Sulfur presents a unique challenge for oil and gas producers. Sulfur compounds occur naturally in both crude oil and raw natural gas. The concentration of sulfur depends on the wells where the oil or gas is gathered. Since hydrogen sulfide is highly corrosive and toxic, these sulfur compounds must be reduced or removed during refining or processing. This process is called sulfur recovery or sweetening.
Fortunately, the byproduct from sulfur recovery, elemental sulfur, can be re-purposed and sold. It is primarily used in the production of sulfuric acid and production of phosphate fertilizer, but sulfur is also used in many household products such as detergent, paint, carpet and even cosmetics.
Most sulfur recovery takes place through the Claus process. A sulfur recovery unit removes as much as 99.9 percent of hydrogen sulfide in natural gas or crude oil to meet applicable government regulations. Liquid sulfur is recovered from the Claus condensers.
Owner/ operators need a dependable sulfur recovery unit to minimize downtime at the refinery or processing facility. If this facility is not functioning correctly, it will shut down the entire operations. Sulfur must be removed from natural gas or crude oil before it can continue down the supply chain. Regulations require the removal of sulfur for environmental and health reasons. These mandates are the primary driver for sulfur recovery. The ability to market the byproduct is essentially an added bonus.
Molten Sulfur Storage Options
Once the sulfur is in the molten form, more strategic decisions must be made. In the liquid form, sulfur can be stored in aboveground storage tanks, aboveground surge vessels or sulfur pits/vats. Molten sulfur tanks require special design considerations for heating, due to sulfur’s unique temperature requirements to remain in the molten state, and to address the corrosive nature of sulfur. Sulfur transports used in molten sulfur service must remain in sulfur service for the remainder of it’s effective life-cycle. Sulfur must be molten before being consumed in the sulfuric acid process; therefore, offering potential challenges by potentially viable options.
Solid Sulfur Storage & Transportation
Liquid sulfur can also be solidified into small pellets that can be handled as dry bulk. Storing sulfur in this way makes loading and unloading sulfur within the facility easier and also opens up transportation options for sulfur as it travels to market. Solid sulfur can be stored inside or outside depending on environmental requirements and conditions, and transported in any vessel to it’s final destination.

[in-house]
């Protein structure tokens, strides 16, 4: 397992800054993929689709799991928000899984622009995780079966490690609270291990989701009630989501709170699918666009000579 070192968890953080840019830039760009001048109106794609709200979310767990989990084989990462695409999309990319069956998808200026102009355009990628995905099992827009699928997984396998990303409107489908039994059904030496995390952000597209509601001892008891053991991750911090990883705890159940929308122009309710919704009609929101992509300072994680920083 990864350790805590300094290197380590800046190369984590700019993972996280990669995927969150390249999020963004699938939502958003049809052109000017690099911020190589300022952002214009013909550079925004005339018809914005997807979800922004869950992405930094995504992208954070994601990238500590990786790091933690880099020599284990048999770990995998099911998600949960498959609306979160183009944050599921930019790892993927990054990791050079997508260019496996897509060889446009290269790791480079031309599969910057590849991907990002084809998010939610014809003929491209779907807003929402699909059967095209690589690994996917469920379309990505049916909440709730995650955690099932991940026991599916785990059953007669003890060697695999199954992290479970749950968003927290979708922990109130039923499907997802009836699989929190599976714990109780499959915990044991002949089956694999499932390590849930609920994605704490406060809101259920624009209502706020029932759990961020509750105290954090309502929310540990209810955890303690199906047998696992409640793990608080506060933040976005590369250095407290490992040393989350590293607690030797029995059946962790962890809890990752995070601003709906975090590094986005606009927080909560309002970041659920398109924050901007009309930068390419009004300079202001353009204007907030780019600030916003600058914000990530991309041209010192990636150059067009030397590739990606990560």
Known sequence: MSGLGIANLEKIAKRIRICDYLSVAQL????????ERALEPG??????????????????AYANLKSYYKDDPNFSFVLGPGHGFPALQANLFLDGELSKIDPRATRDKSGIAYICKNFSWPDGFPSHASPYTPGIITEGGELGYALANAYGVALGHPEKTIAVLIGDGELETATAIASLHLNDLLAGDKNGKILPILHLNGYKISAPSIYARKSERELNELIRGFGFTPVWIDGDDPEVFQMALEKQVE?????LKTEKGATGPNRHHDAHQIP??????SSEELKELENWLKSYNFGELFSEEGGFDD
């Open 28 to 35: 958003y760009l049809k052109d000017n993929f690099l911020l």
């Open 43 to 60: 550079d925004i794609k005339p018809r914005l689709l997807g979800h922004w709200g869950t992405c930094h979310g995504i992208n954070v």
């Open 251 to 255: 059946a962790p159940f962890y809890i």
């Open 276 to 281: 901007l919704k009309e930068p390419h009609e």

Prilled sulfur can easily travel on bulk collier ships in sizes ranging from 10K to 50K depending on origin and destination ship size restrictions.
Solid Sulfur Block Storage
Finally, sulfur can be stored in large, solid blocks. This can be a good option if sulfur prices drop or the infrastructure to transport sulfur is not in place. This option is also the lowest cost solution as molten sulfur is transported via pipe to the blocking area, distributed across a large rectangular area surrounded by forms. As the sulfur solidifies, large blocks of solid sulfur are created. These blocks are typically used for emergency purposes; however, areas in the world with transportation logistic challenges have millions of tons in blocks today.
Solid Sulfur Melting
As mentioned, solid sulfur is the world’s preferred method for transportation. Once at the final destination, the sulfur must be melted and stored in the molten phase before being consumed in the downstream process. Various sizes of sulfur melters and filtration processes are available to meet the operation demand.
There are many options for sulfur byproduct. The positives and negatives of each option must be carefully weighed against operational goals. Whether you are looking to simply store elemental sulfur or take it to market, there is sure to be a solution that will complement your processing or refining plans.